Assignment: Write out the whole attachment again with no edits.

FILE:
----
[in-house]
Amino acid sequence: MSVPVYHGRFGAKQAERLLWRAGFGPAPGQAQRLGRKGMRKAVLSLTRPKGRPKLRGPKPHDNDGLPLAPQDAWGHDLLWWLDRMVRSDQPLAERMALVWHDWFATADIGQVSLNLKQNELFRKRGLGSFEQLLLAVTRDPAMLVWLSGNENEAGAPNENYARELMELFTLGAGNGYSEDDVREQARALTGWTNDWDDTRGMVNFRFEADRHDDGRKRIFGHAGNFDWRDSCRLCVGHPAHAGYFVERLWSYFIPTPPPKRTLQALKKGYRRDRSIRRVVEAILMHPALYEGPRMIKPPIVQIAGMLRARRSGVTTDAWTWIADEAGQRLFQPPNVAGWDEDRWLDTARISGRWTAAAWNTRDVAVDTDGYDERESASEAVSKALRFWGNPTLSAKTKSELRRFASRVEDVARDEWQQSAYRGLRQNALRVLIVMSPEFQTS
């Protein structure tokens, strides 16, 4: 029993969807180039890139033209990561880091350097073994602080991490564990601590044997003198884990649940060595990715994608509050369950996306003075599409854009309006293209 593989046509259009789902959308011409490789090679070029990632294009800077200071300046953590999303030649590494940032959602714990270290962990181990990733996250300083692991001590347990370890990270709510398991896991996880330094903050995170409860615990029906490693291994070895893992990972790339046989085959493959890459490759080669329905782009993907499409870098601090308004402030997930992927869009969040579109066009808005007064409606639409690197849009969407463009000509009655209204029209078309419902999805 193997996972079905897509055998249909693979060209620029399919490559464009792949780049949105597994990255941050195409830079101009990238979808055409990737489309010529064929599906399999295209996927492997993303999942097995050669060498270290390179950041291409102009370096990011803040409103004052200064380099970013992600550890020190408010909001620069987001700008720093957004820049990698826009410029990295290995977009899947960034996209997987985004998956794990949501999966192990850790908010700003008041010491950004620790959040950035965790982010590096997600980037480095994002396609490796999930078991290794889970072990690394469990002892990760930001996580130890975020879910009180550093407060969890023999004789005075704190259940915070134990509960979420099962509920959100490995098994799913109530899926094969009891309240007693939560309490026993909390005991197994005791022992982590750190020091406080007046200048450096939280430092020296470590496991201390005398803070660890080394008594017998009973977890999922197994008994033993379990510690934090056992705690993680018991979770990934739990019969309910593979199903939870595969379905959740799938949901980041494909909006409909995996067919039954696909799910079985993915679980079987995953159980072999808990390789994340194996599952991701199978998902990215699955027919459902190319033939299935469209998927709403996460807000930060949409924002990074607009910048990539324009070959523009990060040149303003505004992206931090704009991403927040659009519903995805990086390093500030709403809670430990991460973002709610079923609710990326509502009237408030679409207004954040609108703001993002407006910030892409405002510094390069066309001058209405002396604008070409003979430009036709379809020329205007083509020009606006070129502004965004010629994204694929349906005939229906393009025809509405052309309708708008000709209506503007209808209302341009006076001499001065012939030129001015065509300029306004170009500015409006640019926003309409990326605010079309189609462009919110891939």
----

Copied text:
[in-house]
Amino acid sequence: MSVPVYHGRFGAKQAERLLWRAGFGPAPGQAQRLGRKGMRKAVLSLTRPKGRPKLRGPKPHDNDGLPLAPQDAWGHDLLWWLDRMVRSDQPLAERMALVWHDWFATADIGQVSLNLKQNELFRKRGLGSFEQLLLAVTRDPAMLVWLSGNENEAGAPNENYARELMELFTLGAGNGYSEDDVREQARALTGWTNDWDDTRGMVNFRFEADRHDDGRKRIFGHAGNFDWRDSCRLCVGHPAHAGYFVERLWSYFIPTPPPKRTLQALKKGYRRDRSIRRVVEAILMHPALYEGPRMIKPPIVQIAGMLRARRSGVTTDAWTWIADEAGQRLFQPPNVAGWDEDRWLDTARISGRWTAAAWNTRDVAVDTDGYDERESASEAVSKALRFWGNPTLSAKTKSELRRFASRVEDVARDEWQQSAYRGLRQNALRVLIVMSPEFQTS
């Protein structure tokens, strides 16, 4: 029993969807180039890139033209990561880091350097073994602080991490564990601590044997003198884990649940060595990715994608509050369950996306003075599409854009309006293209 593989046509259009789902959308011409490789090679070029990632294009800077200071300046953590999303030649590494940032959602714990270290962990181990990733996250300083692991001590347990370890990270709510398991896991996880330094903050995170409860615990029906490693291994070895893992990972790339046989085959493959890459490759080669329905782009993907499409870098601090308004402030997930992927869009969040579109066009808005007064409606639409690197849009969407463009000509009655209204029209078309419902999805 193997996972079905897509055998249909693979060209620029399919490559464009792949780049949105597994990255941050195409830079101009990238979808055409990737489309010529064929599906399999295209996927492997993303999942097995050669060498270290390179950041291409102009370096990011803040409103004052200064380099970013992600550890020190408010909001620069987001700008720093957004820049990698826009410029990295290995977009899947960034996209997987985004998956794990949501999966192990850790908010700003008041010491950004620790959040950035965790982010590096997600980037480095994002396609490796999930078991290794889970072990690394469990002892990760930001996580130890975020879910009180550093407060969890023999004789005075704190259940915070134990509960979420099962509920959100490995098994799913109530899926094969009891309240007693939560309490026993909390005991197994005791022992982590750190020091406080007046200048450096939280430092020296470590496991201390005398803070660890080394008594017998009973977890999922197994008994033993379990510690934090056992705690993680018991979770990934739990019969309910593979199903939870595969379905959740799938949901980041494909909006409909995996067919039954696909799910079985993915679980079987995953159980072999808990390789994340194996599952991701199978998902990215699955027919459902190319033939299935469209998927709403996460807000930060949409924002990074607009910048990539324009070959523009990060040149303003505004992206931090704009991403927040659009519903995805990086390093500030709403809670430990991460973002709610079923609710990326509502009237408030679409207004954040609108703001993002407006910030892409405002510094390069066309001058209405002396604008070409003979430009036709379809020329205007083509020009606006070129502004965004010629994204694929349906005939229906393009025809509405052309309708708008000709209506503007209808209302341009006076001499001065012939030129001015065509300029306004170009500015409006640019926003309409990326605010079309189609462009919110891939």